Thursday, October 4, 2012

!Felicidades Omar¡

What if I were to tell you that after 24 years at the same job, a true professional has decided to retire. Retirement is a natural part of employment life. 24 years working at the same company, firm, or with the same organization would be considered a lengthy career, one deserving of a send-off party with a cake, party hats, handshakes, hugs, and the obligatory, "speech, speech, speech, speech." Well, what if I were then to tell you that instead of all that, the 24-year veteran employee would get to throw out the first pitch at a Toronto Blue Jays game, in front of 20,000 screaming fans, and three famous fellow countrymen? That sounds like the best retirement party ever.

Yesterday, the final day of the 2012 Major League Baseball regular season, marked the final game for one of baseball's best Venezuelans, infielders, and overall players, Omar Vizquel. For those of you unfamiliar with the 45 year old, here is some history.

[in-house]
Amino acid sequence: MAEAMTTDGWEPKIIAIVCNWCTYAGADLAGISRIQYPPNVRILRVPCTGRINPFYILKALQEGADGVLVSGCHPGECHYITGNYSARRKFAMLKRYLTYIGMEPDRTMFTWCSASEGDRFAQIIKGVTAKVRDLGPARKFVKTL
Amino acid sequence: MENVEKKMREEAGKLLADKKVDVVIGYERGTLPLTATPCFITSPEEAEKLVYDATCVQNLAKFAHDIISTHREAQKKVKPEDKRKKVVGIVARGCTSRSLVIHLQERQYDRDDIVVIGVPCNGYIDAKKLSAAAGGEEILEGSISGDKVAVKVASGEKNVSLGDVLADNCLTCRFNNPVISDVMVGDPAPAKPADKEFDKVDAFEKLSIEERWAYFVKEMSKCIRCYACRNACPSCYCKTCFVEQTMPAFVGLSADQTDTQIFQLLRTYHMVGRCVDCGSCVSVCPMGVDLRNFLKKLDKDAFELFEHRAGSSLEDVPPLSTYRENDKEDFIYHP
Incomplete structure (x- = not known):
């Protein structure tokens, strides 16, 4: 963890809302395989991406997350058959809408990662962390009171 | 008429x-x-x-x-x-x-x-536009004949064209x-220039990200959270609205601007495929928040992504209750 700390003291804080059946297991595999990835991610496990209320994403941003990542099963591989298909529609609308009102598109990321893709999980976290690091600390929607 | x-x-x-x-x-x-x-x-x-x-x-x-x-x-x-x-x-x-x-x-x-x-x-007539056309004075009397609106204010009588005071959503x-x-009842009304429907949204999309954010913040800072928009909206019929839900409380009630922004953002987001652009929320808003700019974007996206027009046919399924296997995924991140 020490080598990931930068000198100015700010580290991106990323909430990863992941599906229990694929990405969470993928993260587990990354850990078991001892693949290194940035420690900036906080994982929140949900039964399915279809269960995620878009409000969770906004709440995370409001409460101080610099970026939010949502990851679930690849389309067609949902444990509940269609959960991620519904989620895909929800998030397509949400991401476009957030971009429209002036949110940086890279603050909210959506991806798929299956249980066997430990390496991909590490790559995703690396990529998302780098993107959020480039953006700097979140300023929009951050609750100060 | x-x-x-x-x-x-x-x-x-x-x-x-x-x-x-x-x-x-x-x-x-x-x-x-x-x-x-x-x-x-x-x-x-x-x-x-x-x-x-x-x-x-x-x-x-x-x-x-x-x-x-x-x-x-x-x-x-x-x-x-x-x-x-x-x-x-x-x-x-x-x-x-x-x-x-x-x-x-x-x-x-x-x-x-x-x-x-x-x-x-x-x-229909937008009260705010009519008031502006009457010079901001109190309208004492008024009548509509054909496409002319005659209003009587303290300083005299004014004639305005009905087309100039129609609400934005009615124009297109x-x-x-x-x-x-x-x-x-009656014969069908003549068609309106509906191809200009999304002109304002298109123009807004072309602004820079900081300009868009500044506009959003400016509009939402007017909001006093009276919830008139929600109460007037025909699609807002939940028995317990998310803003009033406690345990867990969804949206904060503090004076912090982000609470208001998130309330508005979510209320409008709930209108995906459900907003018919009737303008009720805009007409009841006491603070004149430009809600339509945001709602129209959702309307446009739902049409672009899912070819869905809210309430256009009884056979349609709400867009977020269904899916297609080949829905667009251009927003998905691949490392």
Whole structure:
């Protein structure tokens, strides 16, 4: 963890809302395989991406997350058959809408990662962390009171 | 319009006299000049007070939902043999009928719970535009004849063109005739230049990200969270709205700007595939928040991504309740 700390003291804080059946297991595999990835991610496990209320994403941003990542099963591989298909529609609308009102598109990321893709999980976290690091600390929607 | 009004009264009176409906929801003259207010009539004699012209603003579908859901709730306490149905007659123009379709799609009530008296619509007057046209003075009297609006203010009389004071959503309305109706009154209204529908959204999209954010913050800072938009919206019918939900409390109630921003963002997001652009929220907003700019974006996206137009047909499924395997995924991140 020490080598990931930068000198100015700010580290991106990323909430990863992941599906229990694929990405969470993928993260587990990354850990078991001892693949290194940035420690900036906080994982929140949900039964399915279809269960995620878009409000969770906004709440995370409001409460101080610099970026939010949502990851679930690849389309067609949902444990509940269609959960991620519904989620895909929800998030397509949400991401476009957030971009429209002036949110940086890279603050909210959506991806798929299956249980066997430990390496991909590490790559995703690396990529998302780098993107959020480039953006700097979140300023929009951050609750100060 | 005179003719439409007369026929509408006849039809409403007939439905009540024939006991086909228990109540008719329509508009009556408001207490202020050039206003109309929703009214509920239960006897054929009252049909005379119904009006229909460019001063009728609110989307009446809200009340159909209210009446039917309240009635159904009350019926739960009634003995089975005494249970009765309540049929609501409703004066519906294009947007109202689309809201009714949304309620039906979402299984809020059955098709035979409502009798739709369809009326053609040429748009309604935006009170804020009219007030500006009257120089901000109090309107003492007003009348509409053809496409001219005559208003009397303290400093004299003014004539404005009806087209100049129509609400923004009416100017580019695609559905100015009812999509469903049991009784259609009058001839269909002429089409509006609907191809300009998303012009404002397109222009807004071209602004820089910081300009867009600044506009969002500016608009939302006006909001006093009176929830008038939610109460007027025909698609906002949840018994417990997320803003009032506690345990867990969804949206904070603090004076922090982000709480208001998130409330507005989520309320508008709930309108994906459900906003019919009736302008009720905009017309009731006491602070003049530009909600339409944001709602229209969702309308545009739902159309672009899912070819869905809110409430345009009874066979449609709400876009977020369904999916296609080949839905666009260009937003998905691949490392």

Vizquel broke into Major League Baseball with the Seattle Mariners in 1989, the same year as fellow Mariner Ken Griffey Jr. Vizquel came up to the Majors as a shortstop, playing 143 games for Seattle at that position at the age of 21. He stands only 5 feet 9 inches tall, and weighs close to 180 pounds, but he made up for his size with great speed, fantastic hands, and some of the best instincts any modern day shortstop has ever had. Vizquel played 5 seasons with the Mariners, winning a much-deserved gold glove in his final season with the team, before being traded to the Cleveland for Felix FerminReggie Jefferson and cash. He became an instant defensive star for the Indians. As the everyday shortstop for Cleveland for an entire decade from 1994-2004, Vizquel played in 1,478 games, winning 8 gold gloves and attending 3 All-Star games. He was one of the mainstays, the centerpieces, the rocks of the great Indians teams of the mid to late 90's, a team that Cleveland fans still think should have won the 1997 World Series.